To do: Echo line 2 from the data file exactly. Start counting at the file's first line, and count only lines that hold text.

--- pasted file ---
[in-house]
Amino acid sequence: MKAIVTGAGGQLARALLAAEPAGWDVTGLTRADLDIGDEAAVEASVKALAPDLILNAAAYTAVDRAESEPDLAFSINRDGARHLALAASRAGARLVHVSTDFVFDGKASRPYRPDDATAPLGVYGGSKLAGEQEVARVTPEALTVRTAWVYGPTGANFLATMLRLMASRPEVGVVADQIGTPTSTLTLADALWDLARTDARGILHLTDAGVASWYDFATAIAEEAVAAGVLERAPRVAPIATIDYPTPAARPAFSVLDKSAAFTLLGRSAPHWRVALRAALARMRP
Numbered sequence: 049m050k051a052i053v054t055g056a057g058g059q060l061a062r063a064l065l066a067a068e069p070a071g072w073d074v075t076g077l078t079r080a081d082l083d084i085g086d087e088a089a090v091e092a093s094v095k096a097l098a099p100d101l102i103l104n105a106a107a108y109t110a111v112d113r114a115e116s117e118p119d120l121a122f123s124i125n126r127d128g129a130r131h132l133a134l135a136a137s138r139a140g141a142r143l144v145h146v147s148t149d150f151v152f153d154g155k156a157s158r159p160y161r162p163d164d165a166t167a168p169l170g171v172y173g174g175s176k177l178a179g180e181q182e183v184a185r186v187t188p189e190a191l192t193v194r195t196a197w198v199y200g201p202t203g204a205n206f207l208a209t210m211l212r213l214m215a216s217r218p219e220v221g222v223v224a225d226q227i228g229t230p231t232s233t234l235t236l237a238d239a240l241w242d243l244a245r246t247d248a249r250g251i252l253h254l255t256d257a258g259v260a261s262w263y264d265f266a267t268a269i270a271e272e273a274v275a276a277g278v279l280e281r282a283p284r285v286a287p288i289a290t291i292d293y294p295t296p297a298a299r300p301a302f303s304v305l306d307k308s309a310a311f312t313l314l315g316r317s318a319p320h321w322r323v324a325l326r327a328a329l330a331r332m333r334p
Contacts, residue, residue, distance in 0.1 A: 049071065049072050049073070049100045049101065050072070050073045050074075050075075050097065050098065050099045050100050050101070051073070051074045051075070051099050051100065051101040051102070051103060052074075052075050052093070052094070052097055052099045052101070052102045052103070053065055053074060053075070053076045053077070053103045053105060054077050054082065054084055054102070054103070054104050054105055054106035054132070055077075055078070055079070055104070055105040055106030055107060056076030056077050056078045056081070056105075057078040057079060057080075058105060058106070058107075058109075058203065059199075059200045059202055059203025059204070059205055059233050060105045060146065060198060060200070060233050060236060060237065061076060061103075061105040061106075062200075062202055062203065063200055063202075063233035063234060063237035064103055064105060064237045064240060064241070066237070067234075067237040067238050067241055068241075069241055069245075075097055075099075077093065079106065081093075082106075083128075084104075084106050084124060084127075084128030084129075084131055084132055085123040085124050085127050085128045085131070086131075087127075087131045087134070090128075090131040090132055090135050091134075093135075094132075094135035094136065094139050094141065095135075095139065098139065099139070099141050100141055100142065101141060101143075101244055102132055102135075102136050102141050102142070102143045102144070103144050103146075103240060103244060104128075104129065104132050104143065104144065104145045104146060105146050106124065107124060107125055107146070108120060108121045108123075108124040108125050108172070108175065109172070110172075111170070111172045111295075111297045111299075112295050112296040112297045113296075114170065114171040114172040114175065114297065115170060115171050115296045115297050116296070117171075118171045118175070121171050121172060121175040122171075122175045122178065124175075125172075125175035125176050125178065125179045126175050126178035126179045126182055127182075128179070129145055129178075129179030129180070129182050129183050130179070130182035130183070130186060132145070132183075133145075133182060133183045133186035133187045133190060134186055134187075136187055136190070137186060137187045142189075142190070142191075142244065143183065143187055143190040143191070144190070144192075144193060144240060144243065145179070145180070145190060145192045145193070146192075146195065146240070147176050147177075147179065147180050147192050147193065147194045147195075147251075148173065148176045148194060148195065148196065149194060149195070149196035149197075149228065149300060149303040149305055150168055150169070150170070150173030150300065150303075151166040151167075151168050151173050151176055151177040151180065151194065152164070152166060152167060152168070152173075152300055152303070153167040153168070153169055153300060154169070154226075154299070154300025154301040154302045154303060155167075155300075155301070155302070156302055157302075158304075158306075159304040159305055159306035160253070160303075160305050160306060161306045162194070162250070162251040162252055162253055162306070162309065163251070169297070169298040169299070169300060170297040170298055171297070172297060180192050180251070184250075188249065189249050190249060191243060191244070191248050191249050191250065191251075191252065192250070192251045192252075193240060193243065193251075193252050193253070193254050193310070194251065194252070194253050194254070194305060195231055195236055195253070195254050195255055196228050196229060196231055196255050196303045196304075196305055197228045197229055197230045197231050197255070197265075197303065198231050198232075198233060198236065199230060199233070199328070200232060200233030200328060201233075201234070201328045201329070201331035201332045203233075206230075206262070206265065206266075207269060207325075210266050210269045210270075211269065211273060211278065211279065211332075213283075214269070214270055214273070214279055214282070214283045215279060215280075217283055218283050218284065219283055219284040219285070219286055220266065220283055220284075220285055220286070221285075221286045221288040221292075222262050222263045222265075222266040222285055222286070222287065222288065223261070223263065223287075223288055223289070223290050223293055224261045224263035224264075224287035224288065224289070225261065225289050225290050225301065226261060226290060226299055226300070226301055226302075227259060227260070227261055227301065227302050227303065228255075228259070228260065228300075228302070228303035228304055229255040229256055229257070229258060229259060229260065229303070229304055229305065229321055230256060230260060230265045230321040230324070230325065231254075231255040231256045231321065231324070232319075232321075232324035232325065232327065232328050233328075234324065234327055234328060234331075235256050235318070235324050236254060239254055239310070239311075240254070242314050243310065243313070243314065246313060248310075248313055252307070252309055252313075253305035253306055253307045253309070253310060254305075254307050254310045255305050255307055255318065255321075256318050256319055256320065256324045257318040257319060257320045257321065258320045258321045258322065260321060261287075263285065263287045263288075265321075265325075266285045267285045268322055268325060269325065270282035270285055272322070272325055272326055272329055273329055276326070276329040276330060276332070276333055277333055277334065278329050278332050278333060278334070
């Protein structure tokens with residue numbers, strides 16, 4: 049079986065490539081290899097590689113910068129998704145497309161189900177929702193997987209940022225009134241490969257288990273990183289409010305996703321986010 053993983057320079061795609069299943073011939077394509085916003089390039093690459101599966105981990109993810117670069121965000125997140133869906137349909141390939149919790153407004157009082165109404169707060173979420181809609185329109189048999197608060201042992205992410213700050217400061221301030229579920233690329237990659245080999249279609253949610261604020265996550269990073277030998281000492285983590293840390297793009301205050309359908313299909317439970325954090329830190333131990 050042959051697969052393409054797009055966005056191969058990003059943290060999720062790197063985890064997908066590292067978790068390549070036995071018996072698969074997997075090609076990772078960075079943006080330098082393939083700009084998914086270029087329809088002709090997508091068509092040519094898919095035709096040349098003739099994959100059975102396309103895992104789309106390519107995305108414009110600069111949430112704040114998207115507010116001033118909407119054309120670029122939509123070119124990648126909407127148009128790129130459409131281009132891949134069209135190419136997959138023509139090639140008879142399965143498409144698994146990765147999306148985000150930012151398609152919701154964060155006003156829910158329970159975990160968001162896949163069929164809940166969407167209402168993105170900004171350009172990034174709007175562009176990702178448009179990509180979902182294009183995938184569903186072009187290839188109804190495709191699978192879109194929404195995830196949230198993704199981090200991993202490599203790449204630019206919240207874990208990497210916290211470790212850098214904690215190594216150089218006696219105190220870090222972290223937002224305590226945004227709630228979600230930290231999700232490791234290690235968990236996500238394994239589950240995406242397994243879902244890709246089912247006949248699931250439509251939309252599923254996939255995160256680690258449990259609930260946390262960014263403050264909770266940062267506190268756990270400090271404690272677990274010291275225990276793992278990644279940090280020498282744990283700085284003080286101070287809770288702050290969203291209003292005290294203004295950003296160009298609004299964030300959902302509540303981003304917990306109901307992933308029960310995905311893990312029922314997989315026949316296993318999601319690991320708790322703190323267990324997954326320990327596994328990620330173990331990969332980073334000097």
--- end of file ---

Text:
Amino acid sequence: MKAIVTGAGGQLARALLAAEPAGWDVTGLTRADLDIGDEAAVEASVKALAPDLILNAAAYTAVDRAESEPDLAFSINRDGARHLALAASRAGARLVHVSTDFVFDGKASRPYRPDDATAPLGVYGGSKLAGEQEVARVTPEALTVRTAWVYGPTGANFLATMLRLMASRPEVGVVADQIGTPTSTLTLADALWDLARTDARGILHLTDAGVASWYDFATAIAEEAVAAGVLERAPRVAPIATIDYPTPAARPAFSVLDKSAAFTLLGRSAPHWRVALRAALARMRP